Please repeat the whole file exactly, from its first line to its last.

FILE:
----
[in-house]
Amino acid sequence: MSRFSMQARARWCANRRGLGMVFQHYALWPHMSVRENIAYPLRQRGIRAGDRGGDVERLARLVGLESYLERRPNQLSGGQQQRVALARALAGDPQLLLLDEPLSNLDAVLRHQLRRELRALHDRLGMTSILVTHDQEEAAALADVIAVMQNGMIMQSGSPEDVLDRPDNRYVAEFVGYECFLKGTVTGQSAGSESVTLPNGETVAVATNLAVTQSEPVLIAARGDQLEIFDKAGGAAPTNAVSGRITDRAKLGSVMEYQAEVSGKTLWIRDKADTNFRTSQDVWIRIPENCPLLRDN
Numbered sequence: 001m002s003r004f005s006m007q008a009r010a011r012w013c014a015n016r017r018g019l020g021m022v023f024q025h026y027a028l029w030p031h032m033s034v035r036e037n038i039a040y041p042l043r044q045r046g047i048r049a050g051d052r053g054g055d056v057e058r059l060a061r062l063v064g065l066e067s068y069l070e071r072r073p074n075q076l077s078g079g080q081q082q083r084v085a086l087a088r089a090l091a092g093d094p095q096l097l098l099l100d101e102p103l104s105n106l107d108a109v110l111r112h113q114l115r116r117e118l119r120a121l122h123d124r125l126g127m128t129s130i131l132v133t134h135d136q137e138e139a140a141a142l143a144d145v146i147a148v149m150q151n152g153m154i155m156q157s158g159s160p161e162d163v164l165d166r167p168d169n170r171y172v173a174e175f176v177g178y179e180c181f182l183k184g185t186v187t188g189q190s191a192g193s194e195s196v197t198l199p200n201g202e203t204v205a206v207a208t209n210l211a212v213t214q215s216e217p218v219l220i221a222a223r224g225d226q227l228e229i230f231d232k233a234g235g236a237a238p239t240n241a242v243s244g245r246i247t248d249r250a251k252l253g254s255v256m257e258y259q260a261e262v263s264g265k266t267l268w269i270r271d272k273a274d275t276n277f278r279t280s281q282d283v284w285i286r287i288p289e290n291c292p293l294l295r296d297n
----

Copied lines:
[in-house]
Amino acid sequence: MSRFSMQARARWCANRRGLGMVFQHYALWPHMSVRENIAYPLRQRGIRAGDRGGDVERLARLVGLESYLERRPNQLSGGQQQRVALARALAGDPQLLLLDEPLSNLDAVLRHQLRRELRALHDRLGMTSILVTHDQEEAAALADVIAVMQNGMIMQSGSPEDVLDRPDNRYVAEFVGYECFLKGTVTGQSAGSESVTLPNGETVAVATNLAVTQSEPVLIAARGDQLEIFDKAGGAAPTNAVSGRITDRAKLGSVMEYQAEVSGKTLWIRDKADTNFRTSQDVWIRIPENCPLLRDN
Numbered sequence: 001m002s003r004f005s006m007q008a009r010a011r012w013c014a015n016r017r018g019l020g021m022v023f024q025h026y027a028l029w030p031h032m033s034v035r036e037n038i039a040y041p042l043r044q045r046g047i048r049a050g051d052r053g054g055d056v057e058r059l060a061r062l063v064g065l066e067s068y069l070e071r072r073p074n075q076l077s078g079g080q081q082q083r084v085a086l087a088r089a090l091a092g093d094p095q096l097l098l099l100d101e102p103l104s105n106l107d108a109v110l111r112h113q114l115r116r117e118l119r120a121l122h123d124r125l126g127m128t129s130i131l132v133t134h135d136q137e138e139a140a141a142l143a144d145v146i147a148v149m150q151n152g153m154i155m156q157s158g159s160p161e162d163v164l165d166r167p168d169n170r171y172v173a174e175f176v177g178y179e180c181f182l183k184g185t186v187t188g189q190s191a192g193s194e195s196v197t198l199p200n201g202e203t204v205a206v207a208t209n210l211a212v213t214q215s216e217p218v219l220i221a222a223r224g225d226q227l228e229i230f231d232k233a234g235g236a237a238p239t240n241a242v243s244g245r246i247t248d249r250a251k252l253g254s255v256m257e258y259q260a261e262v263s264g265k266t267l268w269i270r271d272k273a274d275t276n277f278r279t280s281q282d283v284w285i286r287i288p289e290n291c292p293l294l295r296d297n